Loyola girls lacrosse coach Elizabeth O’Connor leaves behind high standards

EVANSTON — Loyola girls lacrosse coach John Dwyer never referred to Elizabeth O’Connor as his assistant.

Dwyer considered O’Connor to be another head coach, and he always made sure to mention how she contributed to the team’s success.

Following the Ramblers’ 12-8 win over New Trier in Friday’s state final at Northwestern’s Lakeside Field, Dwyer again steered the attention toward O’Connor to announce she would be stepping down from coaching for personal reasons. O’Connor, a former player at Loyola and an Evanston native, was on the sideline for six seasons, all of which ended in state titles.

“She’s made an enormous difference to our teams,” Dwyer said. “I hold our teams to a very high standard, and she reinforces that. She might hold them to a higher standard than I do, if that’s possible.”

A 2002 graduate of Loyola, O’Connor, then Elizabeth Kadison, captained Dwyer’s first team and led the Ramblers in points as a senior. After one season playing club lacrosse at Indiana, O’Connor transferred to Boston College, where she went from walk-on to scholarship player and team captain.

Upon graduation, O’Connor returned to the North Shore to start her professional career. She said coaching lacrosse didn’t really cross her mind.

“It wasn’t something I had planned on doing,” O’Connor said. “Obviously, I had a great relationship with John. I had always helped him out with camps, and I loved being part of the game. I realized how much I learned about it from him, from playing at the college level, that I thought it was a great opportunity to give back to Loyola.”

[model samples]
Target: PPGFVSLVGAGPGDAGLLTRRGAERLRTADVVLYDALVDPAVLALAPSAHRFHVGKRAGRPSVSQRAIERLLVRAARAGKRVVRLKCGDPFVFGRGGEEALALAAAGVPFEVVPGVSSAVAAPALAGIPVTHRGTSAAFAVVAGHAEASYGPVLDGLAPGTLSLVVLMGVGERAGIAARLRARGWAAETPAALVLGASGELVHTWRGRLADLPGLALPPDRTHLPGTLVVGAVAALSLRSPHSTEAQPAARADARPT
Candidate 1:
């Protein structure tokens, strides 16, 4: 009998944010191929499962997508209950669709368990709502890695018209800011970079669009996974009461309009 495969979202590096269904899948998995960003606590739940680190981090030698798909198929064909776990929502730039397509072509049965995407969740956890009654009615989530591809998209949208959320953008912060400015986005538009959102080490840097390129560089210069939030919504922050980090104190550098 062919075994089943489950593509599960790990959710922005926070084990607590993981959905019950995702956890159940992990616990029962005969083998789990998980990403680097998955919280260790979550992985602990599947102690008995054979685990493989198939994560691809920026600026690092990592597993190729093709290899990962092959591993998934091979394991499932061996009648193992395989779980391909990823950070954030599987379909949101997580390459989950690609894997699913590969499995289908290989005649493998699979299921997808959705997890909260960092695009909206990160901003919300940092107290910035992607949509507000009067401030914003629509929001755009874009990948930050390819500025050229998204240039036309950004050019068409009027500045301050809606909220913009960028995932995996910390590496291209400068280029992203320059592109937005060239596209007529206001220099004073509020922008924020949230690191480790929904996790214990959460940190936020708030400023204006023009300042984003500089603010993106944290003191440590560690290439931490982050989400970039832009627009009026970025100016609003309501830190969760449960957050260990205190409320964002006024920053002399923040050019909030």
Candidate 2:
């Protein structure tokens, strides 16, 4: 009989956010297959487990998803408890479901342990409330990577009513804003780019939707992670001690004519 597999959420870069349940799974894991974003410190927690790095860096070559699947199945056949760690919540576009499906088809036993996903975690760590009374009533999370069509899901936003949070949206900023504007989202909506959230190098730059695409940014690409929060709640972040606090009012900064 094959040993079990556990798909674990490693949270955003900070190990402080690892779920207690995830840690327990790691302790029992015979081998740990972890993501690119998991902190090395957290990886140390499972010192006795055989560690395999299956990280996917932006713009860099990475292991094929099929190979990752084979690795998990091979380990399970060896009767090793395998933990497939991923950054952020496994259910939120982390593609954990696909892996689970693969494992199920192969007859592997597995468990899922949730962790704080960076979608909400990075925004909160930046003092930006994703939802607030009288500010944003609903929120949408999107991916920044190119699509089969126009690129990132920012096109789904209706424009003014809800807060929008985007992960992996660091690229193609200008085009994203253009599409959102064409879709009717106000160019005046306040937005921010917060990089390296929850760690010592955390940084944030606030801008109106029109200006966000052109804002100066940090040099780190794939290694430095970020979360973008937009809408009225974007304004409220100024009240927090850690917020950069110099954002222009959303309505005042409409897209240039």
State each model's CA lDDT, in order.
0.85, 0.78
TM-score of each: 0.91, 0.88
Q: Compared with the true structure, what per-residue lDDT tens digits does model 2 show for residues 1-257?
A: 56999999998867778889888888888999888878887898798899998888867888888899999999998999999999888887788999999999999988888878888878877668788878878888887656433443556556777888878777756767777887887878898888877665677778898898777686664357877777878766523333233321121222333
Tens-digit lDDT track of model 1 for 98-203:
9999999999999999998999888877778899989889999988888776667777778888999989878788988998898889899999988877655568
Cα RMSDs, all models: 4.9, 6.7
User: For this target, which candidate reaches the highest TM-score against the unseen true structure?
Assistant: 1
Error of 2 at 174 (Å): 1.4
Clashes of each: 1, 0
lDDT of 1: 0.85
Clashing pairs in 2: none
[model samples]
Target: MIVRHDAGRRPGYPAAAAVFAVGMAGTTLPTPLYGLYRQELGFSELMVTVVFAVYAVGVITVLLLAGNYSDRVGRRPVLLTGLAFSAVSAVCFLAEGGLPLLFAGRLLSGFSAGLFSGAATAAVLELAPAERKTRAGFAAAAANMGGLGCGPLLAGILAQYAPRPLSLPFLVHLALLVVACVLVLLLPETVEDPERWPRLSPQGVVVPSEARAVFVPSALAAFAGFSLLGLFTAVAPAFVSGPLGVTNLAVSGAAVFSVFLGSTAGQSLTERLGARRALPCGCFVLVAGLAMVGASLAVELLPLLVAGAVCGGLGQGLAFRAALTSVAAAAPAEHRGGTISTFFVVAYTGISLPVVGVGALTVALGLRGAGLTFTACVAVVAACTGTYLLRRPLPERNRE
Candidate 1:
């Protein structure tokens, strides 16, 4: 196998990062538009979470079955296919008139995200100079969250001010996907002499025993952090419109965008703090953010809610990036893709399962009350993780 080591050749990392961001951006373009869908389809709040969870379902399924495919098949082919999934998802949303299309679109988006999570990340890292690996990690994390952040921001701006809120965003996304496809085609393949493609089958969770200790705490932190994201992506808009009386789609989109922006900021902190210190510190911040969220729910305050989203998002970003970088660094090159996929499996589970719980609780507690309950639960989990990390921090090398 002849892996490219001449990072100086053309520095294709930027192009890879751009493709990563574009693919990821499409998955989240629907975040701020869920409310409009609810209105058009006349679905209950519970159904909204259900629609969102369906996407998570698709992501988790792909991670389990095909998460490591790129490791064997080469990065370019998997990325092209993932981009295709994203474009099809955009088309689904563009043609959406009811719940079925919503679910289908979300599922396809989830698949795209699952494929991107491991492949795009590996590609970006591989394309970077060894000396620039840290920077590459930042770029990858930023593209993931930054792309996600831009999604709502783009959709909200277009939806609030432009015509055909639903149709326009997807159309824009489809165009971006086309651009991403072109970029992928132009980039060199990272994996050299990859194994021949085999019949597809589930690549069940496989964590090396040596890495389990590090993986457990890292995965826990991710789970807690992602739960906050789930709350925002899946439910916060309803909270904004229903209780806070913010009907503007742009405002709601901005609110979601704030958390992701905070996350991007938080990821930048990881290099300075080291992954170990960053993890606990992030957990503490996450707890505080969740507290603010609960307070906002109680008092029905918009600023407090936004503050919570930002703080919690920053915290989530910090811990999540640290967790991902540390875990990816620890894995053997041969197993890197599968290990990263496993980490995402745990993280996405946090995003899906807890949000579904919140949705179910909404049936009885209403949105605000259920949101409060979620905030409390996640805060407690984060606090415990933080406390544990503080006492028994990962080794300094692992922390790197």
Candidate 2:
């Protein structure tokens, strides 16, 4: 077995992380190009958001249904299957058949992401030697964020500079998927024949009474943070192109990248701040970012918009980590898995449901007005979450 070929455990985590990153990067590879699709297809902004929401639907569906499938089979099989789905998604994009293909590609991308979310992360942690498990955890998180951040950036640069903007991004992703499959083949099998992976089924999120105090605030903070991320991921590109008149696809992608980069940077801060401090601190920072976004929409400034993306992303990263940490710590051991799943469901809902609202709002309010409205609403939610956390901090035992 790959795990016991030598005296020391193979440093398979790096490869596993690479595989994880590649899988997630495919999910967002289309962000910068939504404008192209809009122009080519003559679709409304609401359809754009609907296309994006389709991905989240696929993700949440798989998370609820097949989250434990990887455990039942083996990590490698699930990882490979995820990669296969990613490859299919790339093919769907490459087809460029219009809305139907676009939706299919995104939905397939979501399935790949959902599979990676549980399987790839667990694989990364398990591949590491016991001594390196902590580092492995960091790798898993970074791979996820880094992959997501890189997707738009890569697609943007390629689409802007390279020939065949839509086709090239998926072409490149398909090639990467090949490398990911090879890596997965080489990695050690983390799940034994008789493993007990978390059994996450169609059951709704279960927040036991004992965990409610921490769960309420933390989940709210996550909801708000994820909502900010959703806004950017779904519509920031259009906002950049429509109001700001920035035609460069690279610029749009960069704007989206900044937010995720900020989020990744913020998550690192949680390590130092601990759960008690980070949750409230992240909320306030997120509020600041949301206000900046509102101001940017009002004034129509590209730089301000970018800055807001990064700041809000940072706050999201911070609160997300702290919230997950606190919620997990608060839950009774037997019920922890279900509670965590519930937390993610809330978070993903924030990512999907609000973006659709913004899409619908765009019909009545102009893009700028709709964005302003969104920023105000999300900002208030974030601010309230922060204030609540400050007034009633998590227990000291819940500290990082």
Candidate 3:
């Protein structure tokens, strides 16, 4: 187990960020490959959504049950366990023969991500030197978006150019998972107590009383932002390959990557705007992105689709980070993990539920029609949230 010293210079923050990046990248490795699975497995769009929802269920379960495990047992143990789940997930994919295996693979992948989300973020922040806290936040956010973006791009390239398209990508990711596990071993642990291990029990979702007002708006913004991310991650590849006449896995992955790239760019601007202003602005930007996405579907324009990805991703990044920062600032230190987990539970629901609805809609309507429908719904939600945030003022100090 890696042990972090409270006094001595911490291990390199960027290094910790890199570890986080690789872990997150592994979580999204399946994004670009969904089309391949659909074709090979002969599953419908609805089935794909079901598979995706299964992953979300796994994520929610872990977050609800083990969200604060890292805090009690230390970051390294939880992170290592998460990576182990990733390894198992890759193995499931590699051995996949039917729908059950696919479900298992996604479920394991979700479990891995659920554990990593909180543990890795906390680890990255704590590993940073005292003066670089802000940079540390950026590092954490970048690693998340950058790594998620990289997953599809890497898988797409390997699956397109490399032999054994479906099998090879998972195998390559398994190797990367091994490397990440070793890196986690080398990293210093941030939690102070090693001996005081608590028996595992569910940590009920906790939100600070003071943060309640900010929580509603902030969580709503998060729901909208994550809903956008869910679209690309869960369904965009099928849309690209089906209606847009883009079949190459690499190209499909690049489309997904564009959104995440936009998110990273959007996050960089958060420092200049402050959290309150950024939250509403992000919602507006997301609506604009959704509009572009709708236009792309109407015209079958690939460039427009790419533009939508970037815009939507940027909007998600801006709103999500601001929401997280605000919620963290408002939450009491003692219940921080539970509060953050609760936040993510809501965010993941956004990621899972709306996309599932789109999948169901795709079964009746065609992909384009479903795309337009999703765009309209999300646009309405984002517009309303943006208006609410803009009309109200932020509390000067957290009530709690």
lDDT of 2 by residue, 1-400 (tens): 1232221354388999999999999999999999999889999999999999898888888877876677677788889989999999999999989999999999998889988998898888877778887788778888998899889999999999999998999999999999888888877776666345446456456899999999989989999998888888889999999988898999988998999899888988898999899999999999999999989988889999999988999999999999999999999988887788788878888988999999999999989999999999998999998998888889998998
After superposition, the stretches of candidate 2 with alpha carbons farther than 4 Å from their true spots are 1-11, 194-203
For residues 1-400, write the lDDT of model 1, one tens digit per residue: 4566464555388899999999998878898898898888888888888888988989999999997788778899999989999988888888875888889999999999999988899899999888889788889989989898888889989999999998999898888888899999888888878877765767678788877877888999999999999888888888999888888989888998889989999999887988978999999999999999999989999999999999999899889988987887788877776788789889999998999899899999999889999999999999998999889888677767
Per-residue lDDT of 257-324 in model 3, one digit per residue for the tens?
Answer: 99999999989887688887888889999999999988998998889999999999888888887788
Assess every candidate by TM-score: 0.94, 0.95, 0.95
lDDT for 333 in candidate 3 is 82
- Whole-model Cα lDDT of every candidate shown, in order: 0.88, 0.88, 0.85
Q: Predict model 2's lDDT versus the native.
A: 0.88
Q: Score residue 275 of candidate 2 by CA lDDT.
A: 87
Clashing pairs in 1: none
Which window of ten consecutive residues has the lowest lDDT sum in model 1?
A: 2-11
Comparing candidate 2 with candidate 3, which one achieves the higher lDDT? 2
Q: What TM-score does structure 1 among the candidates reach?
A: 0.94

Loyola senior Maggie Nick said O’Connor was one of the best coaches she’s ever had.

“She holds people accountable,” said Nick, who plans to continue her playing career at Stanford. “She understands what you did wrong and will tell you why. She had an answer to every possible question I had.”

O’Connor informed Dwyer about her decision in early May on a bus ride back to Wilmette after a game in Milwaukee.

“I remember it clearly,” Dwyer said. “It was right around the border of Wisconsin and Illinois.”

O’Connor said she was nervous about telling Dwyer, fearful of disappointing him.

“I didn’t know if there was going to be a right time,” she said. “I just spit it out. He was very gracious, and he reassured me that I wasn’t letting him down.”

O’Connor and Dwyer withheld the news until the day before the state final. At practice at the school’s Glenview campus, O’Connor spoke to the players about her future.

“The impact she had was tremendous,” Nick said. “I’m happy I’m a senior because I wouldn’t want to play without her.”

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